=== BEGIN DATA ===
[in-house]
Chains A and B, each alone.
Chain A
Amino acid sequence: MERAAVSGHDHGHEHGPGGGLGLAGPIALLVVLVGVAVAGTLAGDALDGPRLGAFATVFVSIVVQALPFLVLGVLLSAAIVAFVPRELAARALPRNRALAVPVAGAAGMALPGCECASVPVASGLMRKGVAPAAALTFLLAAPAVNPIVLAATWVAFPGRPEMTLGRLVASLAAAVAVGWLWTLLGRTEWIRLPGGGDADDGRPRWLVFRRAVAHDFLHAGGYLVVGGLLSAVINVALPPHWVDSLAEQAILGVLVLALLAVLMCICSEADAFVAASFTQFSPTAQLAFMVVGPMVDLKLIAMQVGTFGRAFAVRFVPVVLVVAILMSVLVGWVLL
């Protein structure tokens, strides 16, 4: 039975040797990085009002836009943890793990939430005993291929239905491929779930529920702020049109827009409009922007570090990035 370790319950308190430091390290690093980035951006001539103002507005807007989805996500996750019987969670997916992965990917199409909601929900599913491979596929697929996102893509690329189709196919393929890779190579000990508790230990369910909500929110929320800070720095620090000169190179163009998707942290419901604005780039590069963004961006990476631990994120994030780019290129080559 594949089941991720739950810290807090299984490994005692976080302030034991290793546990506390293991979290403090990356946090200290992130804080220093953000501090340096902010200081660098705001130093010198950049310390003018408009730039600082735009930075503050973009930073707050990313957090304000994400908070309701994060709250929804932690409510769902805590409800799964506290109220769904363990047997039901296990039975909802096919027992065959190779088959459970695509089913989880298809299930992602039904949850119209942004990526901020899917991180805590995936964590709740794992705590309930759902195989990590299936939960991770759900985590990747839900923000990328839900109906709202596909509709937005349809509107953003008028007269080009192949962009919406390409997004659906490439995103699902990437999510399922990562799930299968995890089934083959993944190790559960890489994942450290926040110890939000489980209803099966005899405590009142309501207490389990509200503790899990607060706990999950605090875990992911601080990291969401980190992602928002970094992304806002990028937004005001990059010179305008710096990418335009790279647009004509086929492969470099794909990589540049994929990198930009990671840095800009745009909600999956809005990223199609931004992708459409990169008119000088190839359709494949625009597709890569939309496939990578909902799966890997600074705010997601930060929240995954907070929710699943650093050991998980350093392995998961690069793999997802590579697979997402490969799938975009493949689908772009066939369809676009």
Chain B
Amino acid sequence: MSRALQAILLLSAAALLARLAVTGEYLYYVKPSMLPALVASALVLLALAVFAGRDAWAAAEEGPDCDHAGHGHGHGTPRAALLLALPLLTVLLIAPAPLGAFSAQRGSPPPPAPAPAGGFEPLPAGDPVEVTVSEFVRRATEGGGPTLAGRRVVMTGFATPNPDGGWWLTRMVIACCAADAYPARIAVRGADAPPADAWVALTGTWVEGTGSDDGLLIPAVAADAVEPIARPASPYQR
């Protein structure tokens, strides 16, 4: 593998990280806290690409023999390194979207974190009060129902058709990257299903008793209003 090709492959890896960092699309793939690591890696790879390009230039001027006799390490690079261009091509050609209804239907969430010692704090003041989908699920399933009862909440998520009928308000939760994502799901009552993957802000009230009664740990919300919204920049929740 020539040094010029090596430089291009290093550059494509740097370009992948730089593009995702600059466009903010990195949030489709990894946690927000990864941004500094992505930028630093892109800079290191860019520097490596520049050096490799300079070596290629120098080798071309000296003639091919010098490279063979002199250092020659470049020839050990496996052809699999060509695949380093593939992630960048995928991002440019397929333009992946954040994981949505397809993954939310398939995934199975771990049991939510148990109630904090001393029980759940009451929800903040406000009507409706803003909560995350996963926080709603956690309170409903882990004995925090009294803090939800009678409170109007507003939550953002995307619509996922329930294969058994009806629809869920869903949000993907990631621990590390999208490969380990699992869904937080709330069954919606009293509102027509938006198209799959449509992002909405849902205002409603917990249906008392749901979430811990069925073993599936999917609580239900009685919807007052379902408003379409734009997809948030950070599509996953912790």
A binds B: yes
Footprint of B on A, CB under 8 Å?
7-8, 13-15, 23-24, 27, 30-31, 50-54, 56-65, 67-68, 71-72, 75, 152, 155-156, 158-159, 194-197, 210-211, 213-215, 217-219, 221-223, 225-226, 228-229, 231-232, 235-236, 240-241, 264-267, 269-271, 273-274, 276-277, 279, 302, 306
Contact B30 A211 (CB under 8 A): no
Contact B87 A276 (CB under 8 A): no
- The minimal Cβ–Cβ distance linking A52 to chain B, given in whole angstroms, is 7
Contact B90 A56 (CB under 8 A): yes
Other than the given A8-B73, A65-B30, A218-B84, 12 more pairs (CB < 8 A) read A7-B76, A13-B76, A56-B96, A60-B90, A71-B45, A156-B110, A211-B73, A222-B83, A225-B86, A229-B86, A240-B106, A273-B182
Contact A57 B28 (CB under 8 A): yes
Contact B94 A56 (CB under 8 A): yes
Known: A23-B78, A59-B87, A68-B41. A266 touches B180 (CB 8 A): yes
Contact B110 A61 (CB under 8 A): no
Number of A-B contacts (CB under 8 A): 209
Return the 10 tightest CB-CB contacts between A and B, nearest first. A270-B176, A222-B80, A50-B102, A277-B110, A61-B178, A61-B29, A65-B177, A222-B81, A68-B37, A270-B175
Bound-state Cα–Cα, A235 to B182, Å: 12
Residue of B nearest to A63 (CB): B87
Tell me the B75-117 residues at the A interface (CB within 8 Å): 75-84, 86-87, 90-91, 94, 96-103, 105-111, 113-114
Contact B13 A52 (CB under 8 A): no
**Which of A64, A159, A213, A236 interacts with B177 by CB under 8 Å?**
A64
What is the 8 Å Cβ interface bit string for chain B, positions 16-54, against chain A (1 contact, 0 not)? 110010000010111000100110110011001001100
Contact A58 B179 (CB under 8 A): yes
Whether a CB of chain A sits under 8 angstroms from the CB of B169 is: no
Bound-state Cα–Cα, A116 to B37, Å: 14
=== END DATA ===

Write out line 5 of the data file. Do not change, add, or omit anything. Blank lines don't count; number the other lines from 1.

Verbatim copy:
């Protein structure tokens, strides 16, 4: 039975040797990085009002836009943890793990939430005993291929239905491929779930529920702020049109827009409009922007570090990035 370790319950308190430091390290690093980035951006001539103002507005807007989805996500996750019987969670997916992965990917199409909601929900599913491979596929697929996102893509690329189709196919393929890779190579000990508790230990369910909500929110929320800070720095620090000169190179163009998707942290419901604005780039590069963004961006990476631990994120994030780019290129080559 594949089941991720739950810290807090299984490994005692976080302030034991290793546990506390293991979290403090990356946090200290992130804080220093953000501090340096902010200081660098705001130093010198950049310390003018408009730039600082735009930075503050973009930073707050990313957090304000994400908070309701994060709250929804932690409510769902805590409800799964506290109220769904363990047997039901296990039975909802096919027992065959190779088959459970695509089913989880298809299930992602039904949850119209942004990526901020899917991180805590995936964590709740794992705590309930759902195989990590299936939960991770759900985590990747839900923000990328839900109906709202596909509709937005349809509107953003008028007269080009192949962009919406390409997004659906490439995103699902990437999510399922990562799930299968995890089934083959993944190790559960890489994942450290926040110890939000489980209803099966005899405590009142309501207490389990509200503790899990607060706990999950605090875990992911601080990291969401980190992602928002970094992304806002990028937004005001990059010179305008710096990418335009790279647009004509086929492969470099794909990589540049994929990198930009990671840095800009745009909600999956809005990223199609931004992708459409990169008119000088190839359709494949625009597709890569939309496939990578909902799966890997600074705010997601930060929240995954907070929710699943650093050991998980350093392995998961690069793999997802590579697979997402490969799938975009493949689908772009066939369809676009």